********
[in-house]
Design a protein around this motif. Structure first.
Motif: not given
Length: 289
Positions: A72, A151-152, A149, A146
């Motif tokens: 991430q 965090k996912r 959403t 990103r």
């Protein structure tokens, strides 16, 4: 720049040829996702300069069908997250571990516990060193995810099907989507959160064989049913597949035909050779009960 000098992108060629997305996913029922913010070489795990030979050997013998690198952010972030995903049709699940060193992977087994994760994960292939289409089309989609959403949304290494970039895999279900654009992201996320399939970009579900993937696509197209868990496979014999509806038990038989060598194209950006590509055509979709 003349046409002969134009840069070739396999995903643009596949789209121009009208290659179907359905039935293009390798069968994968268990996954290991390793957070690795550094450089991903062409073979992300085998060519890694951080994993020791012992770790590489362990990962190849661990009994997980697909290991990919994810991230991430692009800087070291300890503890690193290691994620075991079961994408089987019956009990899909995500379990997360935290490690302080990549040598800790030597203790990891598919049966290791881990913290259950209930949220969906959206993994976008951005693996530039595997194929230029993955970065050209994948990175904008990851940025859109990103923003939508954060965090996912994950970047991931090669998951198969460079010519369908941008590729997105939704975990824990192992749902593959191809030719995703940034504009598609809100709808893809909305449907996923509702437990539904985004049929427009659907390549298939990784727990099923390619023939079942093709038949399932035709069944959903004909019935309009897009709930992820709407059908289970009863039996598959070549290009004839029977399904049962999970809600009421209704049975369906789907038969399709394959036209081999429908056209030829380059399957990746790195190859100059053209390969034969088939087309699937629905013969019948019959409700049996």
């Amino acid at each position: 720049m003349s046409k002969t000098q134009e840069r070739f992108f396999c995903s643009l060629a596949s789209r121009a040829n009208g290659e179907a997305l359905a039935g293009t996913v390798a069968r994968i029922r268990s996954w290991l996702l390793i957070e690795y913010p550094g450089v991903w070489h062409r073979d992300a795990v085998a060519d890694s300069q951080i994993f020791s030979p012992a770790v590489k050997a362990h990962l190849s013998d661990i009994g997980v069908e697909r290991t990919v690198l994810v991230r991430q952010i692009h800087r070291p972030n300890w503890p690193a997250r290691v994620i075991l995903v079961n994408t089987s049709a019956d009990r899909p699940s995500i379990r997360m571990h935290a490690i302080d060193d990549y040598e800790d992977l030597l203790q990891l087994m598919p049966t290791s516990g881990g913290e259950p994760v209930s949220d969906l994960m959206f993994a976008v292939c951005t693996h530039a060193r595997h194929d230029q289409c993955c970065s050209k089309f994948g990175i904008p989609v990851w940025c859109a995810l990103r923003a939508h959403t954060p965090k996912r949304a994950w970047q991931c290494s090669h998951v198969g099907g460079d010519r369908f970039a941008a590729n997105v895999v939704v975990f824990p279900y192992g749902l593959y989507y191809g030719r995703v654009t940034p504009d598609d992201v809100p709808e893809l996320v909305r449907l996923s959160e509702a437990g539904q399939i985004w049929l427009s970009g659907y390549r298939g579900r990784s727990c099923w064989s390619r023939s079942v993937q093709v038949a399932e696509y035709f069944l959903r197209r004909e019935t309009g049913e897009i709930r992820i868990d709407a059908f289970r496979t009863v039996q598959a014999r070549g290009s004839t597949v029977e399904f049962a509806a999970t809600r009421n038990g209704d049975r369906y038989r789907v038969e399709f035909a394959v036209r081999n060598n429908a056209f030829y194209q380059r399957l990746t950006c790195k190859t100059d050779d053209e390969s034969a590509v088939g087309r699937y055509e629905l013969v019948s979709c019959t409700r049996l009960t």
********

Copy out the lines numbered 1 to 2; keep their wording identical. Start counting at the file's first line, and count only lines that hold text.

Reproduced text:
[in-house]
Design a protein around this motif. Structure first.